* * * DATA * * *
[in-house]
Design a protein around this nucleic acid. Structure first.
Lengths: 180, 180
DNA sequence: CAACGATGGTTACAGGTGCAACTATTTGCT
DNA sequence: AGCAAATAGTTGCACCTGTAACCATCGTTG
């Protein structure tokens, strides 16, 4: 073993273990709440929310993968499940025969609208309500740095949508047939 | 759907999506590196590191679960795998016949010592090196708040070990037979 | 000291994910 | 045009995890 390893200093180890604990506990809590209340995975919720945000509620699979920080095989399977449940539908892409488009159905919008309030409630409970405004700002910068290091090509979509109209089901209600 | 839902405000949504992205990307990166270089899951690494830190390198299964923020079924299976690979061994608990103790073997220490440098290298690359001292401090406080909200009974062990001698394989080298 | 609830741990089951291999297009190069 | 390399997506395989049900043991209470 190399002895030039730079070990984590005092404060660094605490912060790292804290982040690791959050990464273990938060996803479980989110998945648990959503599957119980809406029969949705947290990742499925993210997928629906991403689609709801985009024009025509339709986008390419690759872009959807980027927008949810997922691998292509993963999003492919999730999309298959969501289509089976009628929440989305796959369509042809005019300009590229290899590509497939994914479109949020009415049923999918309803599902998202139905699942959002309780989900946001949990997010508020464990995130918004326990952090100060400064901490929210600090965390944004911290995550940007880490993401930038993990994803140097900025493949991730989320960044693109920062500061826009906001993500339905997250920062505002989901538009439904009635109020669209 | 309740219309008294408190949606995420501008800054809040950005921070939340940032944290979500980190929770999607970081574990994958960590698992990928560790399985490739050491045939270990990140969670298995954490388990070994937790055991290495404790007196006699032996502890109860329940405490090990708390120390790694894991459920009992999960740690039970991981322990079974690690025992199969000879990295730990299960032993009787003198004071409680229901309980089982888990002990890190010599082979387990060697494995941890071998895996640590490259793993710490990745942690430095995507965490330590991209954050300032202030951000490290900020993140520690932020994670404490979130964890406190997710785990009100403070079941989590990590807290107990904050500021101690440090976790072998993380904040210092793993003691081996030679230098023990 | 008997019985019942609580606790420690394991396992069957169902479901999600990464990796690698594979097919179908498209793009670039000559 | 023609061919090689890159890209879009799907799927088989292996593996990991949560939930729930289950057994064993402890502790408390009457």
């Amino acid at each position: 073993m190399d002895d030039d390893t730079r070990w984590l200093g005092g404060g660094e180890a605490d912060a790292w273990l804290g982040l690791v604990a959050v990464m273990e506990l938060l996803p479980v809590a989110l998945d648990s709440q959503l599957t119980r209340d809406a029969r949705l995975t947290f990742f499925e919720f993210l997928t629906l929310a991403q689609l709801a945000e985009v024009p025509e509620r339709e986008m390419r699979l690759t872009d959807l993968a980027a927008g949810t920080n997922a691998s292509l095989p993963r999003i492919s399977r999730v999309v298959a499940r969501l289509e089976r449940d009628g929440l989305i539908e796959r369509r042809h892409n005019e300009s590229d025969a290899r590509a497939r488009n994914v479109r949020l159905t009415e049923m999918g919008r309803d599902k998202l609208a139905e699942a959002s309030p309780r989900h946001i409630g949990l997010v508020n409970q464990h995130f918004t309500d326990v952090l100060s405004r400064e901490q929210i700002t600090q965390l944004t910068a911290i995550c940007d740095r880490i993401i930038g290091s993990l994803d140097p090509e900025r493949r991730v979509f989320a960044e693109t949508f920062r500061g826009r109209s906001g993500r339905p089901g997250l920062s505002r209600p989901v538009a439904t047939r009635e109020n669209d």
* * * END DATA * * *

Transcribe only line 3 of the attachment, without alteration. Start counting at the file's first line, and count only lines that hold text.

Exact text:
Lengths: 180, 180